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Photographic gallery.  Thousands of particles under the microscope.


This is a sample mohair from the sample-set provided by Textile Fabric Consultants, Inc.

Transmitted 20 Degrees Off Crossed Linear Polarized Light


Mohair is from the Angora goat. Originally from Turkey it is now breed world-wide. It is classified as a wool but can be distiguished from sheep wool microscopically.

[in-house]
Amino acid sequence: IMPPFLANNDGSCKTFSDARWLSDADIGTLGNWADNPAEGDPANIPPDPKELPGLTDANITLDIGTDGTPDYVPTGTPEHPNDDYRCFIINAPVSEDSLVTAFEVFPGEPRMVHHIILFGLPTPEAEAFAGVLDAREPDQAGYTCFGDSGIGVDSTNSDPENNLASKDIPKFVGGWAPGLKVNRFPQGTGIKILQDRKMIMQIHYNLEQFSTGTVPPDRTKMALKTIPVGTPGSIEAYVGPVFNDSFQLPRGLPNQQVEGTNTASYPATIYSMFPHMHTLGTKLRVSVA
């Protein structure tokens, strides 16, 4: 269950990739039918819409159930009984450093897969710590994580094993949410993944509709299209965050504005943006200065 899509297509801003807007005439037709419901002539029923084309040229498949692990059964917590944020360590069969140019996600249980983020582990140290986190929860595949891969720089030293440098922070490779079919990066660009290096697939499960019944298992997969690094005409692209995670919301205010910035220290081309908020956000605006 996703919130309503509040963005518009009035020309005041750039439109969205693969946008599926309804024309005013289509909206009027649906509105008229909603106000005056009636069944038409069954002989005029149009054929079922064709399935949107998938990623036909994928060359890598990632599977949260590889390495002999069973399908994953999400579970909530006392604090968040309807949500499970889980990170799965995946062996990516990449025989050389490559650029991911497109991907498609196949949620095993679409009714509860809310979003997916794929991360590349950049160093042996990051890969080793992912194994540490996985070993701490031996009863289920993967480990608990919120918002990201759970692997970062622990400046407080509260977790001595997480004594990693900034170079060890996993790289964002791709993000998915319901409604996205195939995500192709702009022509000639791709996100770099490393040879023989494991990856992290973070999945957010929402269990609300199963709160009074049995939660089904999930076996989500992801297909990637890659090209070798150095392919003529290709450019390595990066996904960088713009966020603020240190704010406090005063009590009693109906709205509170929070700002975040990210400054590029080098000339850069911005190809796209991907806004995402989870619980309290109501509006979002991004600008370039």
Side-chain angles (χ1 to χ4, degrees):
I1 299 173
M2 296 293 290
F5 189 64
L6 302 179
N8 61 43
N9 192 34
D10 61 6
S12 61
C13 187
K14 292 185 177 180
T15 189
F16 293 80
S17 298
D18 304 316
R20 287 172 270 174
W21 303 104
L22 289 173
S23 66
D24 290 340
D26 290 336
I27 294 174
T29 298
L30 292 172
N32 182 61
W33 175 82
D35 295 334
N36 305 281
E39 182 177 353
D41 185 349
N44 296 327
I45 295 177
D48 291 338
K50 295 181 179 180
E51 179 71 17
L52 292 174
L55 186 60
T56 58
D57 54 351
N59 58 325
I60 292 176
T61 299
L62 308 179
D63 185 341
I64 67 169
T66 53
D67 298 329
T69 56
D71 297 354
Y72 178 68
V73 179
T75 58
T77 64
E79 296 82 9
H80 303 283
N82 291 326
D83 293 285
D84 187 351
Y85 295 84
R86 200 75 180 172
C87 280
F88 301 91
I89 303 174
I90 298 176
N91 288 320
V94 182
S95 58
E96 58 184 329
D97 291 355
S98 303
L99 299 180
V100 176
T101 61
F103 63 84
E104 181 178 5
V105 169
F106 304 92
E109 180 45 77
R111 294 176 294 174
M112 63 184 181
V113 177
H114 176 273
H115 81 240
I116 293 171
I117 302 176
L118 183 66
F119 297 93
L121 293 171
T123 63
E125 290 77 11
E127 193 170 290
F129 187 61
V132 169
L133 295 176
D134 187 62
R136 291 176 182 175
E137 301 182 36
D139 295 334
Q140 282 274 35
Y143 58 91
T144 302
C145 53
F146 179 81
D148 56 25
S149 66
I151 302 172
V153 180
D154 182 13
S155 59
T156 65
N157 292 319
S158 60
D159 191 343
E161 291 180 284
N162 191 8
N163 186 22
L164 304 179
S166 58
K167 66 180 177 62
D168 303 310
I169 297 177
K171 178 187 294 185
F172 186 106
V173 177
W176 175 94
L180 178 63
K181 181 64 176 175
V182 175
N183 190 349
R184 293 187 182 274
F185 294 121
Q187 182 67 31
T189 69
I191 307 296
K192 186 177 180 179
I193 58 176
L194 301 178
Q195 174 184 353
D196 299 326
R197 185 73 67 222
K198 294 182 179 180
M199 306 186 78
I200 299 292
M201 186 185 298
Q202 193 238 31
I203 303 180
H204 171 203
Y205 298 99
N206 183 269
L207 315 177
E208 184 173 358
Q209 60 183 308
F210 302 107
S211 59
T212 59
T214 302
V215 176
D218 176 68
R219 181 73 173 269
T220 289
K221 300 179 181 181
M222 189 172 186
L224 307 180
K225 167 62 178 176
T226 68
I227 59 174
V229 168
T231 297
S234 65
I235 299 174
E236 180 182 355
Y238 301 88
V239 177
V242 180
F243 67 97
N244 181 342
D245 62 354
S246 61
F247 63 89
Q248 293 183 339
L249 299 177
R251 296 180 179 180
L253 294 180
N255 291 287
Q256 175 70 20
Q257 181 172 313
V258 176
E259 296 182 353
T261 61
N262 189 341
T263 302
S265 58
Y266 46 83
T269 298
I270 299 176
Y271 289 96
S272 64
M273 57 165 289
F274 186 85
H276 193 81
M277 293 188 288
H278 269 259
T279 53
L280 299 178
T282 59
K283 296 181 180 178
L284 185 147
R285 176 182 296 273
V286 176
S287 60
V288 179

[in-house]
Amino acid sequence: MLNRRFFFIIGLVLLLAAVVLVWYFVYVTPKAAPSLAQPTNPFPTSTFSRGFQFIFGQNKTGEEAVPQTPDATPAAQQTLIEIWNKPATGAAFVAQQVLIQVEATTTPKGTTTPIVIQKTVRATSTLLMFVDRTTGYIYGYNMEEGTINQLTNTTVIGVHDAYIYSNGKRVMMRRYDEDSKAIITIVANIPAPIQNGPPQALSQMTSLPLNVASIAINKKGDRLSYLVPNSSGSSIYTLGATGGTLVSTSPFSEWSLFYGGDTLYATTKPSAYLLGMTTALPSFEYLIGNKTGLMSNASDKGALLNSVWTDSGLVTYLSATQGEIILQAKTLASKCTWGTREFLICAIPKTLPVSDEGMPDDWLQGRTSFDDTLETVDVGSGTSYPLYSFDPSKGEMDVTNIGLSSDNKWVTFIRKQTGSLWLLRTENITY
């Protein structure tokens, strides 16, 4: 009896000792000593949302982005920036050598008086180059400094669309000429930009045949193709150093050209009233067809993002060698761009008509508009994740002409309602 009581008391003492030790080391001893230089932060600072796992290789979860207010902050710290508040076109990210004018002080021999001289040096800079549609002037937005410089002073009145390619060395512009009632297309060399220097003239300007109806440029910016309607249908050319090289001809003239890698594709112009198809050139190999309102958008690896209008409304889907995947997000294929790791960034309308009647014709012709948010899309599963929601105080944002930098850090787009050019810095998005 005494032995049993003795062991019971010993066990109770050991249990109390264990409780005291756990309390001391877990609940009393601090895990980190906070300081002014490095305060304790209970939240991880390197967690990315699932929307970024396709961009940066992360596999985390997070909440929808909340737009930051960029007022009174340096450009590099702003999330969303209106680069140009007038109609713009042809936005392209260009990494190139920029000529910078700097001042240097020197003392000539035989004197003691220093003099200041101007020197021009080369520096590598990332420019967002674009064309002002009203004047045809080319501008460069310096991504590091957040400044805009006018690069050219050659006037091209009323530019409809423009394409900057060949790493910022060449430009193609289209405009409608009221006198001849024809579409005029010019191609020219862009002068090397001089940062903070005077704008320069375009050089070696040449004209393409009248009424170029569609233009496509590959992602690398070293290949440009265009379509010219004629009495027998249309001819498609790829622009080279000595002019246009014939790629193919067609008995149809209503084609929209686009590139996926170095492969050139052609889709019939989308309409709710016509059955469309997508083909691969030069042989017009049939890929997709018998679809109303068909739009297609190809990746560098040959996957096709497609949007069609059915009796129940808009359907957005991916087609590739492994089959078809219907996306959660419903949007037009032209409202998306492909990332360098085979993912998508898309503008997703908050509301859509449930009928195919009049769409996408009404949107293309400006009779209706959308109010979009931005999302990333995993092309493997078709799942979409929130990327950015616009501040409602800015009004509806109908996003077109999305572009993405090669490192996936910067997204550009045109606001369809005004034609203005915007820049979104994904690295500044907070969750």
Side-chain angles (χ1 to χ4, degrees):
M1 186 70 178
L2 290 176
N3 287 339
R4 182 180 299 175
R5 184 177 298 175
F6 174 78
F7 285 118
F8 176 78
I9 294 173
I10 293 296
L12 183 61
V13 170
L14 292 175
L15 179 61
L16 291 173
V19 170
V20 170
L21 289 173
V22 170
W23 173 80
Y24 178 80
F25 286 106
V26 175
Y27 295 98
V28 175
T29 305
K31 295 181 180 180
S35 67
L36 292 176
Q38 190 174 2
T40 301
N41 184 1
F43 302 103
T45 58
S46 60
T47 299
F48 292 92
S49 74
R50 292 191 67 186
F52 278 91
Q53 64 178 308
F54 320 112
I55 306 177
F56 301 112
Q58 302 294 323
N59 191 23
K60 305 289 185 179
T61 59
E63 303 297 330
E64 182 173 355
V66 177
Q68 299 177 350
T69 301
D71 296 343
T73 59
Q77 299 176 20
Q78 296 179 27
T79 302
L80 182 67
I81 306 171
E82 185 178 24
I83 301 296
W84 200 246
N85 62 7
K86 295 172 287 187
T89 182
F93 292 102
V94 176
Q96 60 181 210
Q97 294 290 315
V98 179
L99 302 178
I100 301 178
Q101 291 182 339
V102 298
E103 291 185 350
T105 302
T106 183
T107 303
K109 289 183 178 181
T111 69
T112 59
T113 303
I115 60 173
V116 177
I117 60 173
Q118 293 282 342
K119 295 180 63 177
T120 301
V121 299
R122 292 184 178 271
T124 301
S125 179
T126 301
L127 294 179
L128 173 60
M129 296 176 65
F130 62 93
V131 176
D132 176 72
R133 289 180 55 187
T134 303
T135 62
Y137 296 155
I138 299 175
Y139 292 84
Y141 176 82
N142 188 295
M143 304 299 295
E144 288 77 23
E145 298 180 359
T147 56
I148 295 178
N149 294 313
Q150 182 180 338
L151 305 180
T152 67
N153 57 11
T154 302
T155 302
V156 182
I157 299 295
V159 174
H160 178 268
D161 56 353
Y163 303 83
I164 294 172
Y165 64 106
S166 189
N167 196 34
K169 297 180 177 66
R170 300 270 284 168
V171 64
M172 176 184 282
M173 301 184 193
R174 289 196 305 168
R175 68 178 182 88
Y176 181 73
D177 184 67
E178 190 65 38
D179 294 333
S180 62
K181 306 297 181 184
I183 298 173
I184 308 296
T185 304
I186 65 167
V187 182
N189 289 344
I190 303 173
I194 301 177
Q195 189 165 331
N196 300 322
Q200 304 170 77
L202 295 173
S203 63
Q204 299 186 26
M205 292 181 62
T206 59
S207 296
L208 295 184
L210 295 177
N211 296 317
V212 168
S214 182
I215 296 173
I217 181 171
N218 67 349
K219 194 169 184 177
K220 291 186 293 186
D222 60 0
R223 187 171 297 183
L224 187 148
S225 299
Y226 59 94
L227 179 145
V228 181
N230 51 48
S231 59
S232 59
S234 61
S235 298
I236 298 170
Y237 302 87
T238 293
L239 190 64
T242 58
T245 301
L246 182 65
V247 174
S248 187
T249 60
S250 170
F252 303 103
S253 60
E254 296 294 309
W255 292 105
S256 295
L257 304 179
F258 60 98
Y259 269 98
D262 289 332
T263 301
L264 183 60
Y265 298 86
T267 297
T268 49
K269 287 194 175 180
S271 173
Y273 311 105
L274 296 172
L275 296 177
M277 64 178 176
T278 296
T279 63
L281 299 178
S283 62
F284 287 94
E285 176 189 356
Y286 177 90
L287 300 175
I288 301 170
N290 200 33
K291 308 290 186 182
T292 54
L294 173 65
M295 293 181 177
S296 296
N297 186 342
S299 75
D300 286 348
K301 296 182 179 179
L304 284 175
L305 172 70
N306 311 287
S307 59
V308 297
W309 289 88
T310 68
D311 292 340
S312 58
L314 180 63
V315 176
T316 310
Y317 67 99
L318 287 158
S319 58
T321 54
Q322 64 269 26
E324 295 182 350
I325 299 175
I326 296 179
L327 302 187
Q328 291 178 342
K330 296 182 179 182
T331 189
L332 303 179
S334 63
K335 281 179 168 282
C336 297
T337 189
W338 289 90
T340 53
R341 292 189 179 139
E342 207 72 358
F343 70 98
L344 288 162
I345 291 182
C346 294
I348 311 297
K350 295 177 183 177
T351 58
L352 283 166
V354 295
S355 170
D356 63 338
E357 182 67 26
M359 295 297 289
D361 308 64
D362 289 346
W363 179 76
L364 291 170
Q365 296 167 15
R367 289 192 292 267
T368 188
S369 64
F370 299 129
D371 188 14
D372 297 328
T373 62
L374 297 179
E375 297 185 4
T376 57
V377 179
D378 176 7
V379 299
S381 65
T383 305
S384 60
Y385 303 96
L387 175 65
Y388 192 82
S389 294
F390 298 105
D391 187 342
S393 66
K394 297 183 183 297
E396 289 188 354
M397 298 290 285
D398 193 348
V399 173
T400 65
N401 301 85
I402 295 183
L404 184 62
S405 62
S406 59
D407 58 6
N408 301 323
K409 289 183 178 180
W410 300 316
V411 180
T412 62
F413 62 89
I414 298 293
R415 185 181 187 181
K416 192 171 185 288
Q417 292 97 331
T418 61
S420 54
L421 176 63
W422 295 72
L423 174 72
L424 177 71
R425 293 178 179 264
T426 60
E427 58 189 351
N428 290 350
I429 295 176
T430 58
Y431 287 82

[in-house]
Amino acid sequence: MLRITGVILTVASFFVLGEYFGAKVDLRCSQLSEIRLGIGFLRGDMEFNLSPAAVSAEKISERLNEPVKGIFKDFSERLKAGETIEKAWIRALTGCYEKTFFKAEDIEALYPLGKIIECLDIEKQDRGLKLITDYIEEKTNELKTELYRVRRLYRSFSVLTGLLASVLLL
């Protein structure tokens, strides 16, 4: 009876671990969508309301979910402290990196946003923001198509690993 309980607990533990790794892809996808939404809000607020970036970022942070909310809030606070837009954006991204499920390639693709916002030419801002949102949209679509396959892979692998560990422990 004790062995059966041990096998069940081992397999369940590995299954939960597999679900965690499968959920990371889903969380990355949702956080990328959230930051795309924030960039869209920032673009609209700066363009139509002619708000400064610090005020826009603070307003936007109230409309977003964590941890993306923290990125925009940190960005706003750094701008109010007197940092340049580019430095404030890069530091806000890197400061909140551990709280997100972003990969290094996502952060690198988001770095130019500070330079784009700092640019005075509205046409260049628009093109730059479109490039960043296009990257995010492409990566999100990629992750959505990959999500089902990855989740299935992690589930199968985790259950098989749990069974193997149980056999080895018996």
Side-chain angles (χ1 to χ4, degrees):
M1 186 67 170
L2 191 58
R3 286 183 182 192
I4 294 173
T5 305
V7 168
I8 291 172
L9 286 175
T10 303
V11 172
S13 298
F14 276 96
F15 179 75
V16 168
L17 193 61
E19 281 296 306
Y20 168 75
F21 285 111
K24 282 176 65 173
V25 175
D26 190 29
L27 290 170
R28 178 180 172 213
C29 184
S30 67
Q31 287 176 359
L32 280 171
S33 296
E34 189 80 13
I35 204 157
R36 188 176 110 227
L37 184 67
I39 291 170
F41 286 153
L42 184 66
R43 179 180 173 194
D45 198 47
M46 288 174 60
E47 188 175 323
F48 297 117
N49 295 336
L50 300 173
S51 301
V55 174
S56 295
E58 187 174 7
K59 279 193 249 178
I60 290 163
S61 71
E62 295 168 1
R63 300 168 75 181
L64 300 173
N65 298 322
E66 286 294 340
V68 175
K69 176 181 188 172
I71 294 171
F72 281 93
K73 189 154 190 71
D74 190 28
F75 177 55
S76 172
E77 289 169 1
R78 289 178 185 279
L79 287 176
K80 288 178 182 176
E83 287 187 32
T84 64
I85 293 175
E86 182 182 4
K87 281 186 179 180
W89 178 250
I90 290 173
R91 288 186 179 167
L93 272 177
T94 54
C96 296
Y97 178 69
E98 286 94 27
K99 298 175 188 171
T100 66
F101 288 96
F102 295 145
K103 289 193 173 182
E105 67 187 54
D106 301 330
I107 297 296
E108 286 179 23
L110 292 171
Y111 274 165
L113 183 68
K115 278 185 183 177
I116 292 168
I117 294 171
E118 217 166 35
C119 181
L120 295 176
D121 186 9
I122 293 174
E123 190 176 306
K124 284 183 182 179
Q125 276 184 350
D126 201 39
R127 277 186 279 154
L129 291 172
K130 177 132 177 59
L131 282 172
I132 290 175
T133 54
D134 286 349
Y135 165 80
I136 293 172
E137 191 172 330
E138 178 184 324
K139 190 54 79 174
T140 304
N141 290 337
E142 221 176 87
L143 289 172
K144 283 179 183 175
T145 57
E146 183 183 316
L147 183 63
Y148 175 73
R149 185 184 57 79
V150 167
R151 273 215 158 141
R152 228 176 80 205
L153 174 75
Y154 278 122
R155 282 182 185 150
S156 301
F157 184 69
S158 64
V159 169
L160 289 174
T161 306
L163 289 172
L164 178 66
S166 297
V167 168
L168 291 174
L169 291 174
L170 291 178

Significance in the Environment:

Characteristic Features:

Mohair has a refractive index along its length of about 1.56 and perpendicular to its length of about 1.55. It has a birefringence of about 0.01 and a positive sign of elongation. The cuticle pattern is much finer than in sheep hair and barely overlaps. It is an irregular waved mosaic. The number of scales per 100 micrometers is about 5 compared to the 9 to 11 for sheep hair. Mohair tends to have a very circular cross-section and most of the fibers have no visible medulla. When the medulla is present it tends to be unbroken.

Associated Particles:


Von Bergen, Werner, WOOL HANDBOOK: VOLUME ONE, Interscience Publishers, pp. 315-342, 1963